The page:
Business | Law | National

Yakama Nation settles case over federal raid on reservation

The Yakama Nation of Washington has settled a lawsuit in connection with a federal raid on the reservation, The Martinsville Bulletin reports.

The tribe sued the Obama administration after the FBI and other law enforcement agents raided King Mountain Tobacco Co., a tribal-licensed business that grows tobacco on the reservation. The FBI notified the tribe's commissioner of public safety via text message -- after the raid already started.

The suit included the city of Martinsville, Virginia. One officer from the city participated in the raid as part of an arrangement with the Department of Justice.

“We’re never going to lend our officers out to a Justice Department investigation again if they go near an Indian reservation,” Martinsville Police Chief Mike Rogers told the Bulletin.

DOJ took the lead in negotiations to resolve the suit, the paper reported. Other localities whose officers participated in the raid are covered by the settlement.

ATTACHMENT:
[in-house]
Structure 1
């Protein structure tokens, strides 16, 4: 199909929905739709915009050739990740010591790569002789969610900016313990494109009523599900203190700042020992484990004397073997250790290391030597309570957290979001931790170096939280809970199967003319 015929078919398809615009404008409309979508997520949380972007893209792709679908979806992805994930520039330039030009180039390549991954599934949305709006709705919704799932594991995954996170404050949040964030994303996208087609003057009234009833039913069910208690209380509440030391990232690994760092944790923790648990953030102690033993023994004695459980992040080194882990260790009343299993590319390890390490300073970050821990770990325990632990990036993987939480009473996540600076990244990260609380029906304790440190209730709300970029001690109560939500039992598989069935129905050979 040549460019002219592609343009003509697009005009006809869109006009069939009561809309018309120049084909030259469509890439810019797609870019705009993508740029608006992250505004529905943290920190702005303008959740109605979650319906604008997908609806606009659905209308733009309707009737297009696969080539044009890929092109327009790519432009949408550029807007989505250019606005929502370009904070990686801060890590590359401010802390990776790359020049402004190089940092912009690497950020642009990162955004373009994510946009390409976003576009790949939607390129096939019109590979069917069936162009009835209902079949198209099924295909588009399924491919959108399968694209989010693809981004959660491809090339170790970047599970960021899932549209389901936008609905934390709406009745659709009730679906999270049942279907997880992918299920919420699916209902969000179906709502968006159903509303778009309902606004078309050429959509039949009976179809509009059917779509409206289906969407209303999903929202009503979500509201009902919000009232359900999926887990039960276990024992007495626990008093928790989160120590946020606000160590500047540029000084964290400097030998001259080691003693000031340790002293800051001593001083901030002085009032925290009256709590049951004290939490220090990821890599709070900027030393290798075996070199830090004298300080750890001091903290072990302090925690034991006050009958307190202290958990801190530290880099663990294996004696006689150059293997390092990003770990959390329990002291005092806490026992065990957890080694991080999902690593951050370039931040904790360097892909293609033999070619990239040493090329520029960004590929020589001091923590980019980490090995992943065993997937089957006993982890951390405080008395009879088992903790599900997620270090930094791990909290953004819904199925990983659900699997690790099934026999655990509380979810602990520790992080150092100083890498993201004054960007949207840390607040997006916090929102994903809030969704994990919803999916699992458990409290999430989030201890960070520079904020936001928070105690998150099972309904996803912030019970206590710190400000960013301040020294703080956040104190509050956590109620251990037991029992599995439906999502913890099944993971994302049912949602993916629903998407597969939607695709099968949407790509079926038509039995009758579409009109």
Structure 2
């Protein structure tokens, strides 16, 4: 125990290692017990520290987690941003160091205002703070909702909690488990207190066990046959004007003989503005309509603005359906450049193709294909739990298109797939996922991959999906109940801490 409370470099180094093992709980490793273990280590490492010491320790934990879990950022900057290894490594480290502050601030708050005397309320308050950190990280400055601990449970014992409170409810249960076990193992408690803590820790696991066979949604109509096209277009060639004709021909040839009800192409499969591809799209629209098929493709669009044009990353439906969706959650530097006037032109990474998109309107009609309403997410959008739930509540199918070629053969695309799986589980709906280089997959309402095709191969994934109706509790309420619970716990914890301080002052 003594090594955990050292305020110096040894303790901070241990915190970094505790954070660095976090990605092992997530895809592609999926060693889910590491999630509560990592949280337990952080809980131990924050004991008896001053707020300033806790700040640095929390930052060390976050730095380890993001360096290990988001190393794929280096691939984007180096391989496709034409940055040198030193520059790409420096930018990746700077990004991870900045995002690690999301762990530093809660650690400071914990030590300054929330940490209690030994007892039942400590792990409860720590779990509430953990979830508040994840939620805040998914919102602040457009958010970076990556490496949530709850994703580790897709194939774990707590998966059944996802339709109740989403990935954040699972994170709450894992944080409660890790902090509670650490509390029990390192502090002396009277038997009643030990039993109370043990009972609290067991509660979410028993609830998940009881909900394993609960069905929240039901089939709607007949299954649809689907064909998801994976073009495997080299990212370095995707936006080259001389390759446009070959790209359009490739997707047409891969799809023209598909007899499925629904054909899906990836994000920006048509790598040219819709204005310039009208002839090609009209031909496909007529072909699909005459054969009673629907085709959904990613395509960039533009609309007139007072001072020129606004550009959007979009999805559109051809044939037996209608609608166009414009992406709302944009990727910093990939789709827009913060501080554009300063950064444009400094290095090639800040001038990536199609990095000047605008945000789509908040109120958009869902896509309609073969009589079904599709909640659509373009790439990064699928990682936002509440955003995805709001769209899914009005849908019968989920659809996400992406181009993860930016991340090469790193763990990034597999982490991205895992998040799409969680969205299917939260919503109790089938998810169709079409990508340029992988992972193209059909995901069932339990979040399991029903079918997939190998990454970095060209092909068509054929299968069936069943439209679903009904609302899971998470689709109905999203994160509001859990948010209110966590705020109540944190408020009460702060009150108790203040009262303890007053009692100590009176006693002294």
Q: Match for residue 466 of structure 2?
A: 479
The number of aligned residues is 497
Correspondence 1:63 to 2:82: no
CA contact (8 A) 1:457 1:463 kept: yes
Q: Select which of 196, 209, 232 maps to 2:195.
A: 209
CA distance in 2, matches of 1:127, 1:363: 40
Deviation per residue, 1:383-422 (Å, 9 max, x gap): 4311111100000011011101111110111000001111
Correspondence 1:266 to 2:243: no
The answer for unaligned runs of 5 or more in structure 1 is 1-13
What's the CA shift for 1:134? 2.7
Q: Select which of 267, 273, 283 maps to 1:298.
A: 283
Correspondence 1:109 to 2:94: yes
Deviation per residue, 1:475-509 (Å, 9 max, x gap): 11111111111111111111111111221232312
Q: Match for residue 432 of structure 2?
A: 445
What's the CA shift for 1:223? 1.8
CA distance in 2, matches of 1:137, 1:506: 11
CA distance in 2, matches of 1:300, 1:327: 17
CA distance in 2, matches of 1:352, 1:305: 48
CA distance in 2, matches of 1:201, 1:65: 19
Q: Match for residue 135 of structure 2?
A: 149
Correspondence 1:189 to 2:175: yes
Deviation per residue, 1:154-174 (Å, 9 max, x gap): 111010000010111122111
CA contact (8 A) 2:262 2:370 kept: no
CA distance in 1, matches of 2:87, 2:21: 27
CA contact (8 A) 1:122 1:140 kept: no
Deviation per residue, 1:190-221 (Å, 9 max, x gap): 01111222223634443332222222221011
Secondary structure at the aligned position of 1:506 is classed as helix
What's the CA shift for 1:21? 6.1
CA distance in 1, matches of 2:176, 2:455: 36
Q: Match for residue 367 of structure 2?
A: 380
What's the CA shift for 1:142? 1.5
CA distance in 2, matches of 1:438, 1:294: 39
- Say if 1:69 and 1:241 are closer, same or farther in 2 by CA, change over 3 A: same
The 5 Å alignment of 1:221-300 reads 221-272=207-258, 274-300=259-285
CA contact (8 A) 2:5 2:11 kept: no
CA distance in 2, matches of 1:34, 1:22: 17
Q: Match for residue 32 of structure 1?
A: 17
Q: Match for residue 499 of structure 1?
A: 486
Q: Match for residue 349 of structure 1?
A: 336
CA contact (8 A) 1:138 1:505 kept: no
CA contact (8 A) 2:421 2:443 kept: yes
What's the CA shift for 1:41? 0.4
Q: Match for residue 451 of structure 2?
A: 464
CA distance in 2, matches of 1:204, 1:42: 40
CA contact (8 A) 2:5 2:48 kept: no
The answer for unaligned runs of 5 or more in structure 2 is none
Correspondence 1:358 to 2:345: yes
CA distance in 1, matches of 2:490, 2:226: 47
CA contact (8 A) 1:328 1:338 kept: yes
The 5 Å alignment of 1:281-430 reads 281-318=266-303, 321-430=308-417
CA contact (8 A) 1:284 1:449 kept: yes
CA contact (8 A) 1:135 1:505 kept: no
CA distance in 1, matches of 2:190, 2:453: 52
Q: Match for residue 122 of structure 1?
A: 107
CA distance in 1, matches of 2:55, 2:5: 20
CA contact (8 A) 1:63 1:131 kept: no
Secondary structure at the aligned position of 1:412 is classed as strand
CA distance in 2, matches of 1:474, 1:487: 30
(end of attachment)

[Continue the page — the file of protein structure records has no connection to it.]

The settlement requires law enforcement authorities to notify the tribe before entering the reservation. The tribe had argued that the failure to notify violated the Yakama Treaty of 1855.

Get the Story:
Tribe suit is settled (The Martinsville Bulletin 5/30)

Related Stories:
Judge allows discovery in Yakama Nation lawsuit over FBI raid (9/13)
Yakama Nation tobacco raid lawsuit includes many defendants (7/18)
Yakama Nation sues federal government over raid of tobacco firm (3/11)
Yakama cigarette firm raided after filing lawsuit against state (2/18)